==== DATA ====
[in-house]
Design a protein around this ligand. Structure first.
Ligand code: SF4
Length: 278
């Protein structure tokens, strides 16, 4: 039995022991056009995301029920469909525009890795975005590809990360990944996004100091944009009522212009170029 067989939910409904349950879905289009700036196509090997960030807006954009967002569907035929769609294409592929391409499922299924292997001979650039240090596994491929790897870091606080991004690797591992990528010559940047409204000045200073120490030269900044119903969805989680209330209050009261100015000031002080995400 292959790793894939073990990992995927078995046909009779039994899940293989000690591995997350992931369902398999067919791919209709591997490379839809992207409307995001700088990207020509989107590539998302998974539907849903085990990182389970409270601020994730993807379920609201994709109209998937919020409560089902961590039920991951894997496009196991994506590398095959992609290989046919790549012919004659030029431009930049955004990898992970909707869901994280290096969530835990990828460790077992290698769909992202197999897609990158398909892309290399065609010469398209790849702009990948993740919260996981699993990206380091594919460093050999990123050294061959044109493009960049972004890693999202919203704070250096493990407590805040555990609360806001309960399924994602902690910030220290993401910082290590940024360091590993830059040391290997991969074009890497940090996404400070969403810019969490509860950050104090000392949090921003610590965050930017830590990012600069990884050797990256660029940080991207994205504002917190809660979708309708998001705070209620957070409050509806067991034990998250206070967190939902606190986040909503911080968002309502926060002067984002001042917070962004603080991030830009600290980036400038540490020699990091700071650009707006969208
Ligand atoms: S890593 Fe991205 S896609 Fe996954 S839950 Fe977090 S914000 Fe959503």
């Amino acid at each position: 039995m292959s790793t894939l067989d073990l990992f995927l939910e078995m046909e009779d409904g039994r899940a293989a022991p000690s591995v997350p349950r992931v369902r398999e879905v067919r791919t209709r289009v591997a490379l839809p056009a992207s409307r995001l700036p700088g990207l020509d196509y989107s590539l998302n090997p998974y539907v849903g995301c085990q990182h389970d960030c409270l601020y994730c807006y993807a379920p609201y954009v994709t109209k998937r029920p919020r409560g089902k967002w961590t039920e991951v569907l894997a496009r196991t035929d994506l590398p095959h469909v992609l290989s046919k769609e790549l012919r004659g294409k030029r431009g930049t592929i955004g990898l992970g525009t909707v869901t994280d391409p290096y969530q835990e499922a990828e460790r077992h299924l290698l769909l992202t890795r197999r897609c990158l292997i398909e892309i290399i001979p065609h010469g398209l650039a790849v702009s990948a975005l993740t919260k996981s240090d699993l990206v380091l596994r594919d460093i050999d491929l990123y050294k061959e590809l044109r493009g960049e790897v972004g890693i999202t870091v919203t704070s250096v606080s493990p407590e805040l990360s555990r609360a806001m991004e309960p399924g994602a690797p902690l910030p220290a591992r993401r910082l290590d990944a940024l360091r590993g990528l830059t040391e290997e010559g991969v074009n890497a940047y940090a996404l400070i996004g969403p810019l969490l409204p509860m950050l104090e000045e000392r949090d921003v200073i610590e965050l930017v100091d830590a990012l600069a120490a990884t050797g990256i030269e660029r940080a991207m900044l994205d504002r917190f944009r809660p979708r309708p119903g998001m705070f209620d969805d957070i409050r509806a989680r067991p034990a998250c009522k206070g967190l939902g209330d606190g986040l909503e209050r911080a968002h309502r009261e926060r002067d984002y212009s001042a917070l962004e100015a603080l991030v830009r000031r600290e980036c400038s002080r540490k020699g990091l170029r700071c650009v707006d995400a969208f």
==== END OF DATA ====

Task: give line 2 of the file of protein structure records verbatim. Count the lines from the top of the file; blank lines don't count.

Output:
Design a protein around this ligand. Structure first.